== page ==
3:54 pm
you know, a hunger poverty health conditions. ok. but you know, education and employment, lack of cash, all of these have that to one of the worst situations in history and on the face of the earth. you know, the vast majority of the people who are hungry, food insecure, are the center, has gone almost a states engaging in economic sanctions, but also seating in a way or in founding the $9000000000.00 of the afghan to spend money. so the situation is truly a disaster. it's, it's tragic, it's in human. i would say it's almost like a genocide in slow motion. the afghan central bank has around $7000000000.00 us
3:55 pm
dollars in reserves that are held overseas. why is the u. s. government able to control this money. why can't the afghan government access its own money? you know, the united states when the usaa withdrew or was defeated or got tired would do about a year ago. and it continued to nomic warfare on afghanistan, one of the poorest and least developed country in the world to begin with. and you know, after that, like many other countries have a certain amount of for foreign currency reserves here deposited in the list seems to be protected. so i've noticed i've had $9000000000.00 in the federal reserve in new york city. 7000000 in u. s. and then 3 billions, i believe in germany, switzerland in italy,
3:56 pm
simply to be kept safe. in this 9 billions belong to afghanistan, become to the afghan people. it did not belong to any government or any individual . this was just for safe keeping. this was important because, you know, these 9000000000 dollars for this, a cushion, i guess, inflation that provided the stability. you know, then people were able to do trade and commerce and import things. in short, it was sort of the foundation, the backbone of the afghan economic activity. but the united states, a year ago, i decided to sort of empower this money. but in addition to bad, united states also declared the sanctioned economic, sasha, which is to say there was no money going to anywhere. from 2 afghanistan,
3:57 pm
i tried to send small amounts of money to some starving tammy's a year ago, and i was not allowed to send back money. the same was true for seeing multinational agencies, other governments, other and you. in other words, a year ago they and i did see a simply blockaded at economically and we're told now this is, was the legal, it was a, you know, i guess, or any kind of law. i know all of them. needless to say, it was highly immoral because what it means is that there's hardly any cash in afghanistan there's, there's no banking activity. there's no cash coming in to very little cash coming in. you know, the country became de capitalized and no one has any money. and the government has very little money, organizations, agencies, and institutions. and yours,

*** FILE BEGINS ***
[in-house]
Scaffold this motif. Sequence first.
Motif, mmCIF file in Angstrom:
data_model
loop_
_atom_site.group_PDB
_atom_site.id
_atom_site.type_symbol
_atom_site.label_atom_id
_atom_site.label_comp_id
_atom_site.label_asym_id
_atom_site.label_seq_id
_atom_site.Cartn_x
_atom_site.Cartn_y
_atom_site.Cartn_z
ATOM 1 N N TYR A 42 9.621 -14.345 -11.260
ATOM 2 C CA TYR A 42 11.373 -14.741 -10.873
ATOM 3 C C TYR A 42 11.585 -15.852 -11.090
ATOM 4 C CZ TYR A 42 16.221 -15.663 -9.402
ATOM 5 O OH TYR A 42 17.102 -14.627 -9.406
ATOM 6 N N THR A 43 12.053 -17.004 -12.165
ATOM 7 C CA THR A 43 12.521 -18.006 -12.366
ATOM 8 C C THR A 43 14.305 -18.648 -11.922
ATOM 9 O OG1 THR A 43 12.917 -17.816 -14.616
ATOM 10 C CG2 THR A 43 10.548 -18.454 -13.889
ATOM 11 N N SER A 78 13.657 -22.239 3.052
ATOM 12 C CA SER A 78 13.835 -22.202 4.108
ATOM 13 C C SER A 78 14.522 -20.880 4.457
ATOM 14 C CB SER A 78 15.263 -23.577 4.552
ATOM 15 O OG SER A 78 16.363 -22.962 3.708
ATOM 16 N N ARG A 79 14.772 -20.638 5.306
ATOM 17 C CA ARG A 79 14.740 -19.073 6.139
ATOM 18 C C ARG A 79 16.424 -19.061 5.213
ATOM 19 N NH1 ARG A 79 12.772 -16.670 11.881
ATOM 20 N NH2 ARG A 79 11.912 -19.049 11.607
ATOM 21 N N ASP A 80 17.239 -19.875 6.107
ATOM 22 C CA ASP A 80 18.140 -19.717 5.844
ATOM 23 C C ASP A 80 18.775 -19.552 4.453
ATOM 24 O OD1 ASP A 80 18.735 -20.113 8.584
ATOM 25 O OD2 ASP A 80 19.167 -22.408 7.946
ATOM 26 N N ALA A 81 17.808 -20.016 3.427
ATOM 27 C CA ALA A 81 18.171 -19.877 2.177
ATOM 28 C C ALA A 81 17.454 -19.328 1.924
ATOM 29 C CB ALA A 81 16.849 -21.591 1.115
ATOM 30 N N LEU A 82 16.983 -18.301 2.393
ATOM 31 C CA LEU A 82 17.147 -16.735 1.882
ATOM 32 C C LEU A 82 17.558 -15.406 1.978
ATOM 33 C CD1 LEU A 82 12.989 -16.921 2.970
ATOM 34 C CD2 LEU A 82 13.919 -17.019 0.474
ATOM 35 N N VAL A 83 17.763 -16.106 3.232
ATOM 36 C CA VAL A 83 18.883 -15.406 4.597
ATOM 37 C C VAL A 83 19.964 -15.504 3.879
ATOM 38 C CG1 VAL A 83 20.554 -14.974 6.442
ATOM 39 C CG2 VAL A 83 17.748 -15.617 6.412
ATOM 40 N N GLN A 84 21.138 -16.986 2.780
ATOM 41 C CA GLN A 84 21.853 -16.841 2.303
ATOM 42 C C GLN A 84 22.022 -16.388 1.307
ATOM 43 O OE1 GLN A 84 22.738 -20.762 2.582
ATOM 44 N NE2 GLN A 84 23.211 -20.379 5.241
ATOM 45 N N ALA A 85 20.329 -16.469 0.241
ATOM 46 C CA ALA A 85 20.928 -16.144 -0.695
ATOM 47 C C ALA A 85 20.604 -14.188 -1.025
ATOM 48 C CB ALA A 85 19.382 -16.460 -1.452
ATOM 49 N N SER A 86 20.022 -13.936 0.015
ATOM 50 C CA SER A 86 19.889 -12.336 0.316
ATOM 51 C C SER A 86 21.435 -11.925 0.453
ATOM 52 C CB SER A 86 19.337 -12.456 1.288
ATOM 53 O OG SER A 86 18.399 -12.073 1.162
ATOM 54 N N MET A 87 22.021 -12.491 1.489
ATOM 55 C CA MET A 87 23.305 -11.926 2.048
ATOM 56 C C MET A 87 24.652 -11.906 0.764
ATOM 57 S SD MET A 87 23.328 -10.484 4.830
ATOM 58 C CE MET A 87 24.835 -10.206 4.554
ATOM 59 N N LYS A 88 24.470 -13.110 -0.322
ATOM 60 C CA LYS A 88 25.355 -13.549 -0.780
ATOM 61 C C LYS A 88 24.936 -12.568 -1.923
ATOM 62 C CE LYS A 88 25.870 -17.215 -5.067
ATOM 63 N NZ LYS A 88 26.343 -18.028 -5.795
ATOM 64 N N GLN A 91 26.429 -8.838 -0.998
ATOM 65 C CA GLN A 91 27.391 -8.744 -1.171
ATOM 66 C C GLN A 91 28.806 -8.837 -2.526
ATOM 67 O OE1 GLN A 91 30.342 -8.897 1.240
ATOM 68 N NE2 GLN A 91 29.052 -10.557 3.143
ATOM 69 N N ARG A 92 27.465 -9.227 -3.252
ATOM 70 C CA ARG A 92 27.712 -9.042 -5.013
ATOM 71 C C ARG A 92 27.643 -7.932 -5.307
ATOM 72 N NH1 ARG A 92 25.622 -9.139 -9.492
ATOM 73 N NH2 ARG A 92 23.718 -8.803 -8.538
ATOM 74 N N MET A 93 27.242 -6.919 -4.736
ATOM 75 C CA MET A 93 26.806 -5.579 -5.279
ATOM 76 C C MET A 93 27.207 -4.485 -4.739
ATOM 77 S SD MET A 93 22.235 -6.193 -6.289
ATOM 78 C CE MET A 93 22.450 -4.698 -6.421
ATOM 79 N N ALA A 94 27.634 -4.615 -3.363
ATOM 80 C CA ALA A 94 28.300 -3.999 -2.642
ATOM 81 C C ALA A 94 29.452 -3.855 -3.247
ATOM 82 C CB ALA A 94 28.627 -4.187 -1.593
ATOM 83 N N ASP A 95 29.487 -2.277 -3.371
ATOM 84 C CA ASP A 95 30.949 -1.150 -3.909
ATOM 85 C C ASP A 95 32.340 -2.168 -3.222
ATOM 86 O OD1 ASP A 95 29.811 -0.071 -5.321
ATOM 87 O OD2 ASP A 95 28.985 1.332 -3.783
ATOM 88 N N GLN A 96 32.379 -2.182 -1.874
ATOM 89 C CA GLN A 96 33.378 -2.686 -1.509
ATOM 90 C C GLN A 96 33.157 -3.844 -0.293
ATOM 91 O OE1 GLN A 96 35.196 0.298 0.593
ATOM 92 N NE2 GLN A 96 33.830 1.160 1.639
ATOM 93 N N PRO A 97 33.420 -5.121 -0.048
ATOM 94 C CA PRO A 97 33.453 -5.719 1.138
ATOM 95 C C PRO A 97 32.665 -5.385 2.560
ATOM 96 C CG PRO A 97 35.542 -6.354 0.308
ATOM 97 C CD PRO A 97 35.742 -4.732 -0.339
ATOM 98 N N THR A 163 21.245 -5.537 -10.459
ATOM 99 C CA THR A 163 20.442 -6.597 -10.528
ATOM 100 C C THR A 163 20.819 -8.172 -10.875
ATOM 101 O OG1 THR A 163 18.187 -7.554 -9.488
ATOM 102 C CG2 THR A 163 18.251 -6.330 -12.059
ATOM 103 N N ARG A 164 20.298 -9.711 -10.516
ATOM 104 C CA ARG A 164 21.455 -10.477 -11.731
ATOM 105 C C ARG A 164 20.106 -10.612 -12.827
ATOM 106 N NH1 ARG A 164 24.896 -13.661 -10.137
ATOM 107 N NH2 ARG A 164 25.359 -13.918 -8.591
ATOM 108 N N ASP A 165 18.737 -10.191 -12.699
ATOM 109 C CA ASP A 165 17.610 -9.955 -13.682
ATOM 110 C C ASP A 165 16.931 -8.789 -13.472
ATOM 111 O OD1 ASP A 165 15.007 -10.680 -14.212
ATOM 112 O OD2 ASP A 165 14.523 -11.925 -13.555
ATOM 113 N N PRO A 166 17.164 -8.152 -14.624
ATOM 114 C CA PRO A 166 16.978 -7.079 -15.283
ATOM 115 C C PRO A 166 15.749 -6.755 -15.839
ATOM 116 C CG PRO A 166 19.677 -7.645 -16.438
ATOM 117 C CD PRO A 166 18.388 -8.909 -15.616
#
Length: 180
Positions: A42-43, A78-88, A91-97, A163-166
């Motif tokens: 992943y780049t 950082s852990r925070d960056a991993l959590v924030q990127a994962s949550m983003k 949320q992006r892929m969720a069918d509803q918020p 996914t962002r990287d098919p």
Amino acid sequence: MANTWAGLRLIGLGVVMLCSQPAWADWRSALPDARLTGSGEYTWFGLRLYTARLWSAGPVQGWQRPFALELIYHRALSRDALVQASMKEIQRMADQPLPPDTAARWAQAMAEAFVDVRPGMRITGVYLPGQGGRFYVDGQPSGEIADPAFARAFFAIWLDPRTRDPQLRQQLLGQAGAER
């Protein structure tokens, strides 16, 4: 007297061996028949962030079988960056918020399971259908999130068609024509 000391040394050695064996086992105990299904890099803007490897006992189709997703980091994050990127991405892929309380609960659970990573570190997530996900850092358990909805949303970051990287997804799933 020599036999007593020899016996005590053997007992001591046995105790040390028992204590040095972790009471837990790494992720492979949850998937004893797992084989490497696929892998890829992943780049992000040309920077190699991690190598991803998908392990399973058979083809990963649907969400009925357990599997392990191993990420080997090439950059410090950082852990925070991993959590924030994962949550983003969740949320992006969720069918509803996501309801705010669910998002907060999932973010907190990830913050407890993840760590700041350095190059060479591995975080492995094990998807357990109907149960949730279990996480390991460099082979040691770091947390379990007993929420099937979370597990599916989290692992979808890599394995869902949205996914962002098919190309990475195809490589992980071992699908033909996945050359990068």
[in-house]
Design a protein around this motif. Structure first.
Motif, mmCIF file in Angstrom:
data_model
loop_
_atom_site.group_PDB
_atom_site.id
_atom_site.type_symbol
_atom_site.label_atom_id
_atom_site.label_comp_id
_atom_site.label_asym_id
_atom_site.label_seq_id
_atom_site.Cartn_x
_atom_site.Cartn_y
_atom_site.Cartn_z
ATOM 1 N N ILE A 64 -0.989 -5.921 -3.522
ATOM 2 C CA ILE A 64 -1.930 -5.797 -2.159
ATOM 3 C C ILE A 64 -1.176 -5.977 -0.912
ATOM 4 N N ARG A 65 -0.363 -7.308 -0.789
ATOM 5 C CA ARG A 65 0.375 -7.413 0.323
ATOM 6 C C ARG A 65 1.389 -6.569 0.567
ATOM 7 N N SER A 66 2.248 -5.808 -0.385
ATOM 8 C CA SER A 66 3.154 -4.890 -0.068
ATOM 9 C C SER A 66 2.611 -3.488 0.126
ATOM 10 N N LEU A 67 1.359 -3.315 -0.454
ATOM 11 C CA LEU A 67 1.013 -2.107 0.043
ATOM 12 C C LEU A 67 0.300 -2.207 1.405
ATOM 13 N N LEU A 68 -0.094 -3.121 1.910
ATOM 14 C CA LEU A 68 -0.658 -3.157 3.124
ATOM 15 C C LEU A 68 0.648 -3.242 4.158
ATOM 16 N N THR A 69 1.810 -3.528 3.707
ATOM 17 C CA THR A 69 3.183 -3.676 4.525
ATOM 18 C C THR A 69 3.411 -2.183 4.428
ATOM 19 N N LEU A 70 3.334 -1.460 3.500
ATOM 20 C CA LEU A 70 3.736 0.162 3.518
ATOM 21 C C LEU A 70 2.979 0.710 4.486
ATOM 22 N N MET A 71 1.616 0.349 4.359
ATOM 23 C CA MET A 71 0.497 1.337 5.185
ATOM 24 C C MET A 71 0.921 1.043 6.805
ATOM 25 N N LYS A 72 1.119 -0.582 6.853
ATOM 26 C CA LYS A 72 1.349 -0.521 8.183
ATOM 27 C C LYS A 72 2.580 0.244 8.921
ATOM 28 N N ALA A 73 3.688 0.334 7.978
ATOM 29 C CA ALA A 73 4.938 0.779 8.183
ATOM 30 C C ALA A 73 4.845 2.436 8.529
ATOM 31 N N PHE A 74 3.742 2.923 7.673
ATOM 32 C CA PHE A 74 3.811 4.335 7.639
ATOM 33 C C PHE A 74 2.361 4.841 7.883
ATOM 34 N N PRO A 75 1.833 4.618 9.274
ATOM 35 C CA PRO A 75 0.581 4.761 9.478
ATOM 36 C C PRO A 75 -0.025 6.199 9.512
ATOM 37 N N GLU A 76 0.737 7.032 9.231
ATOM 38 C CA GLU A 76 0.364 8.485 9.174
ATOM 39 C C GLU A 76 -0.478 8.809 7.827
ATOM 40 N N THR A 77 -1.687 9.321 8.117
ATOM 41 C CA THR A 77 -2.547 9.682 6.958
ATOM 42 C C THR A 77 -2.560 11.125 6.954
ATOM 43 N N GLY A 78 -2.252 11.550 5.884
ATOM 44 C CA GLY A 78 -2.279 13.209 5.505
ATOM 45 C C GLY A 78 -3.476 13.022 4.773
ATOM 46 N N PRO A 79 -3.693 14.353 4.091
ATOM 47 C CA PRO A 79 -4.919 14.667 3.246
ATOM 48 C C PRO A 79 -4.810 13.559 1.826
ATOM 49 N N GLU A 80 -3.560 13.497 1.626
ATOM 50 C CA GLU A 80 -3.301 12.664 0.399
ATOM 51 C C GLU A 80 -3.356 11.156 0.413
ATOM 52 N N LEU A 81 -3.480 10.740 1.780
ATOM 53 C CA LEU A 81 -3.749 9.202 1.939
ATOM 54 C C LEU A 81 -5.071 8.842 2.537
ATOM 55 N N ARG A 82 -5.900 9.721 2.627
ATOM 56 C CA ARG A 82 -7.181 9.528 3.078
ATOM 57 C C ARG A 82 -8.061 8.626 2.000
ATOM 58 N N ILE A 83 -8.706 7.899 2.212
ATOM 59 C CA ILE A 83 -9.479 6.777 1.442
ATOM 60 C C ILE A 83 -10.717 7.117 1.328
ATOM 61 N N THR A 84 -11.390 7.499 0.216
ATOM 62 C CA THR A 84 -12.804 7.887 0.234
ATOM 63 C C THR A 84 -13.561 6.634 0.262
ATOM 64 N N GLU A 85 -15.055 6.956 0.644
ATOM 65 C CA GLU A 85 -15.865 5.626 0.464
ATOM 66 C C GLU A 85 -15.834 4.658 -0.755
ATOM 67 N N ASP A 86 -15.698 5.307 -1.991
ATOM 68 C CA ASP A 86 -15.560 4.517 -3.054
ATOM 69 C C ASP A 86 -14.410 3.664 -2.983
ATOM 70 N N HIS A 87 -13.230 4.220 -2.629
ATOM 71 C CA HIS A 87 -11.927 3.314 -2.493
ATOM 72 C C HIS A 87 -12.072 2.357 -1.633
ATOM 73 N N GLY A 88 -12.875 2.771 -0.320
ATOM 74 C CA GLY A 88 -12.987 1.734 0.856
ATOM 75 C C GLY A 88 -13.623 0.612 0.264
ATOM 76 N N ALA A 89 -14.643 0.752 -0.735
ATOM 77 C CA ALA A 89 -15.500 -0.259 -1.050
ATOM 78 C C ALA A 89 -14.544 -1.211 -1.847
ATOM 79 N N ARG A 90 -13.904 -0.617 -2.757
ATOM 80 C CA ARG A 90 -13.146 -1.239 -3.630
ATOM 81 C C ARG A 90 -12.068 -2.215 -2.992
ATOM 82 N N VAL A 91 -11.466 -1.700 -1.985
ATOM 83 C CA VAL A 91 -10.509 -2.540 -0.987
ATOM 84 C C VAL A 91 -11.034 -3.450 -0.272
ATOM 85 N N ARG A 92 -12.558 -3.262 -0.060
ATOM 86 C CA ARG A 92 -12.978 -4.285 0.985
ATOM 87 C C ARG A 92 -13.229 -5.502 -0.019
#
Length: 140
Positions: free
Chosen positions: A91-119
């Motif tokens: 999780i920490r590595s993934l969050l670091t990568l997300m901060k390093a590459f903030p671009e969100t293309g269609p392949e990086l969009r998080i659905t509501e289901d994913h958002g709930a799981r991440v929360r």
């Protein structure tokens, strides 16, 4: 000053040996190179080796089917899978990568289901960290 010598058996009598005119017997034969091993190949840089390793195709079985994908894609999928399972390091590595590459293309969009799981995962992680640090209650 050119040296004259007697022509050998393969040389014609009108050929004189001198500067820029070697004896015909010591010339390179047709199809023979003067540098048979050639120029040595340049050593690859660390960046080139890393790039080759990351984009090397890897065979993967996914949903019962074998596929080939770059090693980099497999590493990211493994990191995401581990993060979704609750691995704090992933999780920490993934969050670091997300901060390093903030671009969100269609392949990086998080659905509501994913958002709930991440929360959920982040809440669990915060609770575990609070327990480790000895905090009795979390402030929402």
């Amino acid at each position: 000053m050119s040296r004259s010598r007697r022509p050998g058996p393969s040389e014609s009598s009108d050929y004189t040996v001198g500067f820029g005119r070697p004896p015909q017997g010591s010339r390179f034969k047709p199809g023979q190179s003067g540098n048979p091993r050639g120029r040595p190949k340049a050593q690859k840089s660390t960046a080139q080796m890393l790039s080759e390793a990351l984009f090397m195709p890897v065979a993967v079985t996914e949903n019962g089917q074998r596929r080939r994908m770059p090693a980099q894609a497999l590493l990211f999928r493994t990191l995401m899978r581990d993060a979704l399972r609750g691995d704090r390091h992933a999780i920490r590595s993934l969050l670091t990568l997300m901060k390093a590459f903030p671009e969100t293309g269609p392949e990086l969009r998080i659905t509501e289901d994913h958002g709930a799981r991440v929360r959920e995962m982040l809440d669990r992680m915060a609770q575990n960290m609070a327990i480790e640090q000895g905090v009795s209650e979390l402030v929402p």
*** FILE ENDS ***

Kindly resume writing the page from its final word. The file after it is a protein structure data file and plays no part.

3:58 pm
individuals. there's no money or, you know, employers don't have money, workers don't have money, there's no work. there's very little economic activities. so there's, it's almost a full economic paralysis, which is really a worst form of warfare engaged by there. and i just say it's worth, and perhaps the military warfare doctor's a hair were ha, thank you so much for being with us today. wars are horrible. the immediate devastation is obvious, but why does it appear that some victims of war are more worthy of help than others? these wars in afghanistan and yemen waged by the west, or at least enabled by it. have also been forgotten by it. that's going to do it for this week's episode of modus operandi the show that digs deep into foreign policy. i'm your host manila chan. thank you for tuning in. we'll see you again
3:59 pm
next week to figure out the ammo. ah ah ah, in release to come to the russian state little narrative. i've stayed on the most landscaping vestment, i'm not getting calls all sons and up for a week within 55. would this be the case on i need to bargain speed. anyone else with we will ban in the european union? the kremlin? yup, machine. the state on russia today and ortiz spoke mckibbin, our video agency, roughly all brands on youtube with
4:00 pm
with the headlines on off the international schools of russian soldiers killed in on bass. and a recent attack by ukrainian soldiers using american supply to high mars rockets. the deadly news was confirmed by russia's ministry of defense. this monday, the 23 militant group may leave several key areas of the democratic republic of congo. as soon as thursday, though it is after a month, so violence against local populations. there was no kidnapping in our village before what seems the m 23 war started is become a frequent problem. people are choosing knapp's women raped and children killed in .


info Stream Only

Uploaded by TV Archive on